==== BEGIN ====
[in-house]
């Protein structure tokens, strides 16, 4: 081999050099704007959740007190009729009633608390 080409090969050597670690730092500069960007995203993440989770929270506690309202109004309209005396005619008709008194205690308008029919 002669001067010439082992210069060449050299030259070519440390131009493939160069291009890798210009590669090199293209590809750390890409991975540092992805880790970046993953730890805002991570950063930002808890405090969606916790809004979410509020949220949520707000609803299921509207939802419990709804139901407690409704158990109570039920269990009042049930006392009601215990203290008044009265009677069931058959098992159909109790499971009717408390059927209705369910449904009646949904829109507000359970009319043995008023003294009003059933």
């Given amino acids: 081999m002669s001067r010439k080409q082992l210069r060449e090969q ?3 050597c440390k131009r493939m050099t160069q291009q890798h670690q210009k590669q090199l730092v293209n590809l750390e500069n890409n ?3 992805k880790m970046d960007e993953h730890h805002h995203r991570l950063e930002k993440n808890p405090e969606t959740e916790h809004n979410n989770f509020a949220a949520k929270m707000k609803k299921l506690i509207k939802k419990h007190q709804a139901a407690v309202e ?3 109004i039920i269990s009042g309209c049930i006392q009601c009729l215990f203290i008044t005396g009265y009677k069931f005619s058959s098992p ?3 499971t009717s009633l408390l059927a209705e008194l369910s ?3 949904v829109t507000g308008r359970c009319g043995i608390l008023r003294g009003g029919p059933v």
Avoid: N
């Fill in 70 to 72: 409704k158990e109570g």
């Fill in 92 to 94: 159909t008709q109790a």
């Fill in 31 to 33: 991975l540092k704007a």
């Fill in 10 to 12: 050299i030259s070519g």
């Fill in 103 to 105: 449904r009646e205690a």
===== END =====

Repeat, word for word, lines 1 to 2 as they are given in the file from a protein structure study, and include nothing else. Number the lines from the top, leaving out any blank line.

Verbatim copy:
[in-house]
């Protein structure tokens, strides 16, 4: 081999050099704007959740007190009729009633608390 080409090969050597670690730092500069960007995203993440989770929270506690309202109004309209005396005619008709008194205690308008029919 002669001067010439082992210069060449050299030259070519440390131009493939160069291009890798210009590669090199293209590809750390890409991975540092992805880790970046993953730890805002991570950063930002808890405090969606916790809004979410509020949220949520707000609803299921509207939802419990709804139901407690409704158990109570039920269990009042049930006392009601215990203290008044009265009677069931058959098992159909109790499971009717408390059927209705369910449904009646949904829109507000359970009319043995008023003294009003059933």